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New influx of Sudanese reported in eastern Chad

New influx of Sudanese reported in eastern Chad

The UN refugee agency has sent teams to investigate reports that some 18,000 Sudanese refugees have arrived in various border towns in eastern Chad in the last five days.
21 January 2004
Sudanese refugees in Birak, eastern Chad, which has seen a new influx in recent days.

ADRE, Chad, Jan 21 (UNHCR) - The UN refugee agency today dispatched teams to the border region of Chad to look into reports of some 18,000 new Sudanese refugees fleeing continued violence in western Sudan's Darfur region over the past five days.

Local authorities in the border area north of the town of Adré in eastern Chad told a UNHCR team there Tuesday that some 8,000 refugees had arrived in three different sites. The new arrivals had reportedly fled from fighting in Sudan's Djerbira canton since January 16.

Some 4,000 new refugees have been reported in Birak, where authorities have allocated an open field for them. UNHCR staff are on the ground today to gather more detailed information on the new arrivals.

Another 1,315 new refugees have been reported in Djoran, 15 km from Birak towards the border. They had walked or travelled on donkeys from the villages of Habsourd and Berseliba through the mountains of Hadja Mothahim.

In the Chadian villages of Sandi and Sougon, UNHCR teams and local authorities have reported an additional 2,500 refugees who are scattered over a range of 20-30 km. According to MSF-Belgique, 12 wounded people have been evacuated to Tine, further north, following the January 16 attack. Local authorities report four people dead and 18 missing, including five children from the same family. Latest reports say that Tine has been regularly bombed by Sudanese forces for the past 72 hours.

UNHCR has sent another team to the southern part of the border area near Ade, Tisi and Goz-Bedah, where authorities say up to 10,000 refugees have arrived in the last three days.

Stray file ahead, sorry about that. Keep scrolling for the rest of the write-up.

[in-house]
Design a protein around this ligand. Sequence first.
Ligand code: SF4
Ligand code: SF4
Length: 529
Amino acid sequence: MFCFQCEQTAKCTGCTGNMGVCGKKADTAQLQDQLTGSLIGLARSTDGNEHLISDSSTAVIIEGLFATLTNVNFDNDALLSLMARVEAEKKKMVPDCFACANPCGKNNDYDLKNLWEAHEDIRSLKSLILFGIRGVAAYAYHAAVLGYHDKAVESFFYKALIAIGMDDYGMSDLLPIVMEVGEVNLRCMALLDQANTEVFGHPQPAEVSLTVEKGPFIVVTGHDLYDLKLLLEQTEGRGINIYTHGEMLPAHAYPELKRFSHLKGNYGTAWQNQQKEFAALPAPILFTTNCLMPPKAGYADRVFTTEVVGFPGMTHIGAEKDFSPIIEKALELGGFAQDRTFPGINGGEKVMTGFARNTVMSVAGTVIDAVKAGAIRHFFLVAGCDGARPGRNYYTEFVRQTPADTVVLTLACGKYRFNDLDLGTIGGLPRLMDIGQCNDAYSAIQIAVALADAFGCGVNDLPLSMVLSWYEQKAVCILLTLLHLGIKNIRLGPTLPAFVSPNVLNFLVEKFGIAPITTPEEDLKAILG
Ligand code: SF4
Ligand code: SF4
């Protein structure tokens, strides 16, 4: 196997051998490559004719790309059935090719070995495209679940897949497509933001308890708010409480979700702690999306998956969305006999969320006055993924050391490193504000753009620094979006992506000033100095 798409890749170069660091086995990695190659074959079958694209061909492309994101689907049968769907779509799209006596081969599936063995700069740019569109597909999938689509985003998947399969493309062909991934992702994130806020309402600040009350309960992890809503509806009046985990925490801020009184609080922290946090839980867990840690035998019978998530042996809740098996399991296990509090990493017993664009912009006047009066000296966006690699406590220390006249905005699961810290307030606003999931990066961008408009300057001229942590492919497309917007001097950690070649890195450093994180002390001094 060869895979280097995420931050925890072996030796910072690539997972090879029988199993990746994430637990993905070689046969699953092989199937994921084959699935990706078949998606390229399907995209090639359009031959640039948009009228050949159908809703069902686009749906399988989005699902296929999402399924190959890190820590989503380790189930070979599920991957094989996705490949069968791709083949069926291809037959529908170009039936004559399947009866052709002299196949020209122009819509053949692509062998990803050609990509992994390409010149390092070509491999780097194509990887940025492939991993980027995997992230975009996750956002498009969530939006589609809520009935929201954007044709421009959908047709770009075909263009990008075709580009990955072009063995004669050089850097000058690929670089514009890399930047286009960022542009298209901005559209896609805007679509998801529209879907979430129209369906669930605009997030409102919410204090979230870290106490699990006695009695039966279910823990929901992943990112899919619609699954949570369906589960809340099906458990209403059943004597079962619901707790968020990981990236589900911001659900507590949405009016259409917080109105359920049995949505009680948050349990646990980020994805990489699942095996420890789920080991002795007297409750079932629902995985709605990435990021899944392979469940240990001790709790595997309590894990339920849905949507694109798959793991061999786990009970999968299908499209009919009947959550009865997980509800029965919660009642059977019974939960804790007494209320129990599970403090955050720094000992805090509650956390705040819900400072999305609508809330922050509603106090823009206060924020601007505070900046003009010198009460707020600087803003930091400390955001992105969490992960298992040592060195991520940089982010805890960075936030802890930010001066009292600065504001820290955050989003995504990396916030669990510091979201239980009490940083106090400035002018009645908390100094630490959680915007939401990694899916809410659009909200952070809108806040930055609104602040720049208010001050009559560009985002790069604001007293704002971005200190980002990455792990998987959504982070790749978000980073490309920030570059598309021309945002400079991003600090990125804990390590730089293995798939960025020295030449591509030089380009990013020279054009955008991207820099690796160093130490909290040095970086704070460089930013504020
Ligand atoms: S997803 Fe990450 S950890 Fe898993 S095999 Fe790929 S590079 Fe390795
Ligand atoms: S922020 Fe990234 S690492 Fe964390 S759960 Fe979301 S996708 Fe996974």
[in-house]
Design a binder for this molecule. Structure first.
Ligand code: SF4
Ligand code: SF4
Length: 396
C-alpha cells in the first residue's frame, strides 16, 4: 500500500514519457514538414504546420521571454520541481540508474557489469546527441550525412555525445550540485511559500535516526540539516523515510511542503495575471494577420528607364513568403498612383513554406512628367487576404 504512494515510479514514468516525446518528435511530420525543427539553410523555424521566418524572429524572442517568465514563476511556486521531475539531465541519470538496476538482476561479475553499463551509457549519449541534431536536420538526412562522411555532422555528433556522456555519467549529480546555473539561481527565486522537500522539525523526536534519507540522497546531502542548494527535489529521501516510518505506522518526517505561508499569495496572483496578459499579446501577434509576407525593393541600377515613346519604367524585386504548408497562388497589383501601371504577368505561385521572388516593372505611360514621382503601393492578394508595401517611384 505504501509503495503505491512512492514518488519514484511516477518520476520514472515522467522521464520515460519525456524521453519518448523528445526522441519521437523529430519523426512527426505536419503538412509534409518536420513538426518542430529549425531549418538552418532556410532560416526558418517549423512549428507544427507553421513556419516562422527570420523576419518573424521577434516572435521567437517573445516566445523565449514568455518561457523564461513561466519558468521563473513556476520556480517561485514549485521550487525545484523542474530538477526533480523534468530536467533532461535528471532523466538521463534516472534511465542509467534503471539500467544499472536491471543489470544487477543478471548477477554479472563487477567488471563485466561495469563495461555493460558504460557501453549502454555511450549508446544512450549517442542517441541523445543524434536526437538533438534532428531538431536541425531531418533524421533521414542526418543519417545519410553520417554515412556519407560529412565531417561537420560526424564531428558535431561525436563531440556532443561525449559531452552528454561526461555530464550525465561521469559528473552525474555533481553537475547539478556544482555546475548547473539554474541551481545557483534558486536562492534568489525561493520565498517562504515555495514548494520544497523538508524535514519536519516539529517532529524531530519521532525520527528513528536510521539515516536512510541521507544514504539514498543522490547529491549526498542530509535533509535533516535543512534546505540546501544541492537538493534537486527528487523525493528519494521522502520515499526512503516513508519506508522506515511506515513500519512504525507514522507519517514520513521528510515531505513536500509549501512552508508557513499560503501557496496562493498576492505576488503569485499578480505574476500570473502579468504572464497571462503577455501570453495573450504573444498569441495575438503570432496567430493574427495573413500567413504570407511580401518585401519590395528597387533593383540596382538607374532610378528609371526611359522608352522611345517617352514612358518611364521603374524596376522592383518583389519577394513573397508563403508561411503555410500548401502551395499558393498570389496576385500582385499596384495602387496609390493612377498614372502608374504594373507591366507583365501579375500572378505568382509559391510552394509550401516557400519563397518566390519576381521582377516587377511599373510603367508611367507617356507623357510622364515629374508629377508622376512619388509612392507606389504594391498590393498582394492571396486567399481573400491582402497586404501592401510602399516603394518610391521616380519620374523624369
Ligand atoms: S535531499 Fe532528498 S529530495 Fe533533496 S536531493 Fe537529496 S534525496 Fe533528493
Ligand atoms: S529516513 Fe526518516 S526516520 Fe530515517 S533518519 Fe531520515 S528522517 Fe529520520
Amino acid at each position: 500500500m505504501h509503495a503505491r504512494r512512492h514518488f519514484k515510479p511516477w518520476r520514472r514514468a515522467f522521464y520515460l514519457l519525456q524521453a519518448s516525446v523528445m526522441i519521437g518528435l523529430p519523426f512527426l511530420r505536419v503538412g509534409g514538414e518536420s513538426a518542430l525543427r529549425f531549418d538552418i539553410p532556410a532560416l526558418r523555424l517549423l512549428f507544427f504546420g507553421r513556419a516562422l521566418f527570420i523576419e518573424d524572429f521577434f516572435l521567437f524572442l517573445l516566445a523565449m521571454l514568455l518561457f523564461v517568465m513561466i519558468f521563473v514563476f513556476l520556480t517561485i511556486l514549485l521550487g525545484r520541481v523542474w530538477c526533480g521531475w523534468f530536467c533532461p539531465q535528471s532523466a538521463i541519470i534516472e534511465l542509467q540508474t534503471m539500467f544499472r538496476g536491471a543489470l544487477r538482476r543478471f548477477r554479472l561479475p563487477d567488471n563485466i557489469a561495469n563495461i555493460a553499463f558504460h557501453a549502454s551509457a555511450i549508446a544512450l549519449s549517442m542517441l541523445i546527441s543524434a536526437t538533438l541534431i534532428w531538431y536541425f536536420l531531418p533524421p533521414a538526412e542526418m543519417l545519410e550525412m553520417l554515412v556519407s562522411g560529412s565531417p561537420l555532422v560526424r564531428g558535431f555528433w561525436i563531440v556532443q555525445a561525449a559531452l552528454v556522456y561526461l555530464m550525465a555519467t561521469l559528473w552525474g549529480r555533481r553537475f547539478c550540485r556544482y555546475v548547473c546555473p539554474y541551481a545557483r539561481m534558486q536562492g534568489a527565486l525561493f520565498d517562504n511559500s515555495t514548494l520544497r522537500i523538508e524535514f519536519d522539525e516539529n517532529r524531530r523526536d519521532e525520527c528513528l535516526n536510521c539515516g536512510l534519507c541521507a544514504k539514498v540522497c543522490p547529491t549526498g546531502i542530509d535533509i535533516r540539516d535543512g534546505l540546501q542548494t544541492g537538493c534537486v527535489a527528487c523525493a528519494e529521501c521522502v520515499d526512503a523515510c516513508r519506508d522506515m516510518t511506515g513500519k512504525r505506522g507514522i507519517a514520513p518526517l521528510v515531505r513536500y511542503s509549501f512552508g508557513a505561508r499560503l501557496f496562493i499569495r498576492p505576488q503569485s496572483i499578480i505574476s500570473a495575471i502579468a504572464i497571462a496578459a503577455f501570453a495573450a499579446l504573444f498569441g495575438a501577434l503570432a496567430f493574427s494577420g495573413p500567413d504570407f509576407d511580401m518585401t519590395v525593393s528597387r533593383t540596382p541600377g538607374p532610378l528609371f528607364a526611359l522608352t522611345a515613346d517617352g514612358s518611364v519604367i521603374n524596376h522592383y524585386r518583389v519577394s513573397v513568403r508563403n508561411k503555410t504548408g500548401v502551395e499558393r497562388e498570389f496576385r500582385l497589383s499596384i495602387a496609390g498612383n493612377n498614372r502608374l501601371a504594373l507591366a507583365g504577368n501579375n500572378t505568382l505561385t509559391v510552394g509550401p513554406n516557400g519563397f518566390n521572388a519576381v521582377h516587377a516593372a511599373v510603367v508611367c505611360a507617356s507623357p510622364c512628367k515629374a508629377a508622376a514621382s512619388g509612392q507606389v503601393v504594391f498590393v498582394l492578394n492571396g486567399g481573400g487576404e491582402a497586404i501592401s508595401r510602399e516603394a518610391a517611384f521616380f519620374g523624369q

The UNHCR teams are expected to bring back crucial information from the ground that will allow the agency to quickly prepare a plan of action to assist the refugees.

The UN refugee agency is in the process of moving available aid supplies, such as blankets and jerry cans, to the nearby Chadian town of Guéréda. Some of these supplies can be used to help the new arrivals. UNHCR is working with the World Food Programme to bring in food - sorghum, beans and corn soya - for 25,000 people for 15 days.

The refugee agency is also asking the Chadian governmental authority CNAR (Commission Nationale d'Accueil et de Réinsertion des Réfugiés) to dispatch staff immediately to register the new arrivals.

Tens of thousands of Sudanese refugees who have been fleeing Darfur since last year are now dispersed along some 600 km of borderland. The remoteness of the area and security and logistical difficulties have made an accurate headcount impossible. However, local authorities estimated last month that some 95,000 Sudanese refugees had so far fled into Chad - 30,000 in December alone.

UNHCR, partner agencies and the Chadian authorities have been working to move the refugees away from the insecure border. Almost 400 people have been transferred so far to an inland site at Farchana, which can host up to 9,000 people. The ongoing relocation operation is moving an average of 250 refugees every other day.

At the same time, a second relocation site has been found at Kouloungo. UNHCR's German NGO partner, GTZ, will start working on the site next week. The camp could host up to 8,000 people upon completion.

Two other sites are being assessed for relocation: Saranh, east of Iriba, which could host between 15,000 to 20,000 people; and Hodj, west of Guéréda, which could host up to 15,000 refugees.